COVID-hit Philippines economy shrinks more than expected
The Philippine economy shrank by more than expected in the first quarter of 2021, supporting views that the central bank will keep interest rates at a record-low at a policy meeting on Wednesday.
Gross domestic product fell 4.2 percent in the March quarter from a year earlier, the statistics agency said on Tuesday, marking the fifth straight quarter of declines amid pandemic-induced lockdowns.
Economists in a Reuters poll had expected the GDP to contract 3 percent after slumping 8.3 percent year-on-year in the previous quarter.
The Philippines is expected to manage Southeast Asia’s slowest recovery this year from the pandemic-driven recession. A return to stricter curbs in Manila and other key economic areas threatens the government’s goal – currently up for review – of at least 6.5 percent growth this year. It is also expected to drive unemployment, which has yet to show considerable improvement.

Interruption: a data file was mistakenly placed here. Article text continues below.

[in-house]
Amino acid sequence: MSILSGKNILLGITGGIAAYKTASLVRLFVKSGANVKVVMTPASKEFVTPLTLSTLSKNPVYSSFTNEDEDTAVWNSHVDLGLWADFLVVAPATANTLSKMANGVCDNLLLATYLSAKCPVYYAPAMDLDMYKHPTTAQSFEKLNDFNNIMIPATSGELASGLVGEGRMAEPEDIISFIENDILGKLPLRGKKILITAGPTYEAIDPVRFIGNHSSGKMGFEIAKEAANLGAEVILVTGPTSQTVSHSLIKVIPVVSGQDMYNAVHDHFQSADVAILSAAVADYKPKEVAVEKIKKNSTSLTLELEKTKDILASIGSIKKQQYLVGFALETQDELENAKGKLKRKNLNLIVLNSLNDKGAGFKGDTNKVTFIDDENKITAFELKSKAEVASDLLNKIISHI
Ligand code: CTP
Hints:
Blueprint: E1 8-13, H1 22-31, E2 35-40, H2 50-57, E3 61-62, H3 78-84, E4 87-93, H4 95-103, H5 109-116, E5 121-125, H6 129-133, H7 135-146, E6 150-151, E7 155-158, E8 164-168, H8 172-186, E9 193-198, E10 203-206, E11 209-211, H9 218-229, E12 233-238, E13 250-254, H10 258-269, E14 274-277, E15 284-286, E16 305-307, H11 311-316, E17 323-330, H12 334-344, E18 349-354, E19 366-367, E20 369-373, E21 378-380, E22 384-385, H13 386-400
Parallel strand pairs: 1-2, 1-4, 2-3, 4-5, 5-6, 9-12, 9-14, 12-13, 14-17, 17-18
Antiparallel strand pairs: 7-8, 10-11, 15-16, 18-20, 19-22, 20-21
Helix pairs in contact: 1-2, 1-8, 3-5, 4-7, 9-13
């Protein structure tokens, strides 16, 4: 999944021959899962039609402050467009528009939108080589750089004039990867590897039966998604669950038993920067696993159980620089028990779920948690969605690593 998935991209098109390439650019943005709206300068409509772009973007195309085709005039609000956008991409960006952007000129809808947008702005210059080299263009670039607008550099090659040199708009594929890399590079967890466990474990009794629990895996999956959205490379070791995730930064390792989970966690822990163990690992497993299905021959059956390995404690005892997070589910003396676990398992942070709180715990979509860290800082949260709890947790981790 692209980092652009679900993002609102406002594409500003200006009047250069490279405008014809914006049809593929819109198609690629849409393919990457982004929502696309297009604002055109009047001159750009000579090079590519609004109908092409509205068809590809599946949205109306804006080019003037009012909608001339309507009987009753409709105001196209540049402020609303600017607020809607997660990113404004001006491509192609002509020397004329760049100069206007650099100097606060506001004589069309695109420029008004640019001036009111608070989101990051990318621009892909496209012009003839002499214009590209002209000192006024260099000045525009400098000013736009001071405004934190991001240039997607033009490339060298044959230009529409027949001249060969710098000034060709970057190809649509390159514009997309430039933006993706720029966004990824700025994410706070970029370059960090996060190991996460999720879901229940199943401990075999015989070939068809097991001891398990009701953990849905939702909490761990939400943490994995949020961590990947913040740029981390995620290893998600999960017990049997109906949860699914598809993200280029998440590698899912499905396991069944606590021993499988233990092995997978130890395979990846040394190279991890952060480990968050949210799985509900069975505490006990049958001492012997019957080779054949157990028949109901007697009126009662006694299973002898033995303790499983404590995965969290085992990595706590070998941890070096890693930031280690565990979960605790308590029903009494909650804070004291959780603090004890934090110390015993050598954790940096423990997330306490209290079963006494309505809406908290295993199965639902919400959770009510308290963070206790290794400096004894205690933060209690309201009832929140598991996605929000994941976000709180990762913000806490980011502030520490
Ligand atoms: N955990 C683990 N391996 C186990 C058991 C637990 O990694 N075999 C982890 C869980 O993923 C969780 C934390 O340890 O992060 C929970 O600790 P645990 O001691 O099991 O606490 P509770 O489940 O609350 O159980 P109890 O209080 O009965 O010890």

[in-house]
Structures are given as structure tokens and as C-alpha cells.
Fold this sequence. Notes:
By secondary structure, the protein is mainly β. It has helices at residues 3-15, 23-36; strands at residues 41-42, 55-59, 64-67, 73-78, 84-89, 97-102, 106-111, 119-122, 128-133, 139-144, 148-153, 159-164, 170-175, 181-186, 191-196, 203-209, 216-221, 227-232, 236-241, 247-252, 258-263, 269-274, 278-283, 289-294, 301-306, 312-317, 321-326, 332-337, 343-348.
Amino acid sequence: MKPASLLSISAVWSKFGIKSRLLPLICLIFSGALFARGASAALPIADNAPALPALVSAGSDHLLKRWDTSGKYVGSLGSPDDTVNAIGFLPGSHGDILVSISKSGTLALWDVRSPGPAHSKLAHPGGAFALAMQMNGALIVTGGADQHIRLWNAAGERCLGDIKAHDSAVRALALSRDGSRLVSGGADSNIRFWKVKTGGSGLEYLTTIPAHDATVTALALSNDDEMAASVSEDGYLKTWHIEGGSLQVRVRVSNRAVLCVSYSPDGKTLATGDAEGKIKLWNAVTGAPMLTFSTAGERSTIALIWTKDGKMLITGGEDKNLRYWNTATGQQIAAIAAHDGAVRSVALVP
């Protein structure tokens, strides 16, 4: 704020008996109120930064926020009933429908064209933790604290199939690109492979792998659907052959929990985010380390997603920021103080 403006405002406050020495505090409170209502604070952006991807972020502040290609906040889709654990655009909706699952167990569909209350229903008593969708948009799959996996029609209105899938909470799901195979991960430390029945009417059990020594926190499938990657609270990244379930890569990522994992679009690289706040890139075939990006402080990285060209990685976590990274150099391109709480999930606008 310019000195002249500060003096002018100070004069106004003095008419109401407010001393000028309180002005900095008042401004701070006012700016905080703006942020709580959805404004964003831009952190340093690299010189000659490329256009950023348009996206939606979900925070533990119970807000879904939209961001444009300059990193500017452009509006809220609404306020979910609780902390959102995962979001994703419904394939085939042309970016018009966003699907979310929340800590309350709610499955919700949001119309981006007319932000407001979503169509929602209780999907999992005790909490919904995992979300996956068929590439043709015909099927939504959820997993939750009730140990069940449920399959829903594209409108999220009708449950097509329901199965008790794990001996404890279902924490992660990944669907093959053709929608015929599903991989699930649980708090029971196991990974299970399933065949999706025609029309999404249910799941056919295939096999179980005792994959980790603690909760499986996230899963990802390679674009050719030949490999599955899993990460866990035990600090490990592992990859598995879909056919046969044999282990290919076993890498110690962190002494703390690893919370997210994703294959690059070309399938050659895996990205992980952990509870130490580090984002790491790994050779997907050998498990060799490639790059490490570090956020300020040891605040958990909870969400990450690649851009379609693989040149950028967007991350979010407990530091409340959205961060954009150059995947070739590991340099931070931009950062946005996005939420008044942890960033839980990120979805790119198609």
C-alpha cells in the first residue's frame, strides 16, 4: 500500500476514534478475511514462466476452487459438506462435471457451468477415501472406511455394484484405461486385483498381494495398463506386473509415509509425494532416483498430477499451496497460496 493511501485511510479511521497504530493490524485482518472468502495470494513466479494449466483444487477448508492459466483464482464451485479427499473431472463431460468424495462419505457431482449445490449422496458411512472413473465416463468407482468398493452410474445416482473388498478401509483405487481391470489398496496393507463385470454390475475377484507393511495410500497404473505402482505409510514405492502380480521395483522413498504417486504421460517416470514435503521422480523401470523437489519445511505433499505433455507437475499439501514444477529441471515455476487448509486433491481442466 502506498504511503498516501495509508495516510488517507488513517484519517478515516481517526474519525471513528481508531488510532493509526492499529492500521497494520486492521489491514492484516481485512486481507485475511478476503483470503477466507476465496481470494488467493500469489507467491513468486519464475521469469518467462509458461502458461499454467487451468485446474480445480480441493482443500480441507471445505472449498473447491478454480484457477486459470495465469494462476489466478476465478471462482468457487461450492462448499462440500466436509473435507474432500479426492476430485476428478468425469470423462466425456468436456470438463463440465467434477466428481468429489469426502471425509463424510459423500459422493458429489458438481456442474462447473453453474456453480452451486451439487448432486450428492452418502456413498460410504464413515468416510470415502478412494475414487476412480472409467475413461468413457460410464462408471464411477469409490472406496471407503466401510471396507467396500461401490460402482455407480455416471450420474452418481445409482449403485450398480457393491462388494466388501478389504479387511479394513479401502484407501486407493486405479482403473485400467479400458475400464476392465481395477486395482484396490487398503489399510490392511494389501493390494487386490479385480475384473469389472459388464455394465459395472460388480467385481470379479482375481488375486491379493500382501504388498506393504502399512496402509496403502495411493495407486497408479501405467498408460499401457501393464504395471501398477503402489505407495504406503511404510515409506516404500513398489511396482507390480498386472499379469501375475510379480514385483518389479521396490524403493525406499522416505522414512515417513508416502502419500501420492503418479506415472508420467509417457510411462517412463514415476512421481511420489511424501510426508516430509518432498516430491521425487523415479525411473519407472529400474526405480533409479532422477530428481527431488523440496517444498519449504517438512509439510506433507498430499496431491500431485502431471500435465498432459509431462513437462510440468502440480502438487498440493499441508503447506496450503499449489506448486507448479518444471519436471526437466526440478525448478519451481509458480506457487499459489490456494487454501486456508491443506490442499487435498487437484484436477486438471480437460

“The challenge right now is to restore business and consumer confidence,” said Dan Roces, chief economist at Security Bank Corp. in Manila. “At this pace, the Philippines may only return to pre-pandemic GDP levels in the second half of 2022 at the earliest.”
Among the major economic sectors, agriculture declined by 1.2 percent while services and industry contracted by 4.4 percent and 4.7 percent, respectively.
On the demand side, household consumption shrank 4.8 percent, but government spending grew 16.1 percent.
The economy’s performance, however, improved on a sequential basis, growing 0.3 percent from the previous quarter on seasonally adjusted terms.
“The country’s strong economic position before the pandemic and improving economic data in recent months point to an economy that is on the mend,” Economic Planning Secretary Karl Chua said at a briefing.
The Southeast Asian country is battling one of Asia’s worst coronavirus outbreaks with more than a million cases recorded and more than 18,000 deaths since last year.
The economy’s extended slump is expected to prompt the central bank to keep its benchmark interest rate unchanged at a record low of 2 percent on Wednesday for a fourth consecutive meeting, according to all 13 economists in a Reuters poll.
Some economists even expect the BSP to keep rates unchanged for the rest of 2021, despite high inflation that has breached its 2 percent – 4 percent target band mainly due to tight pork supply.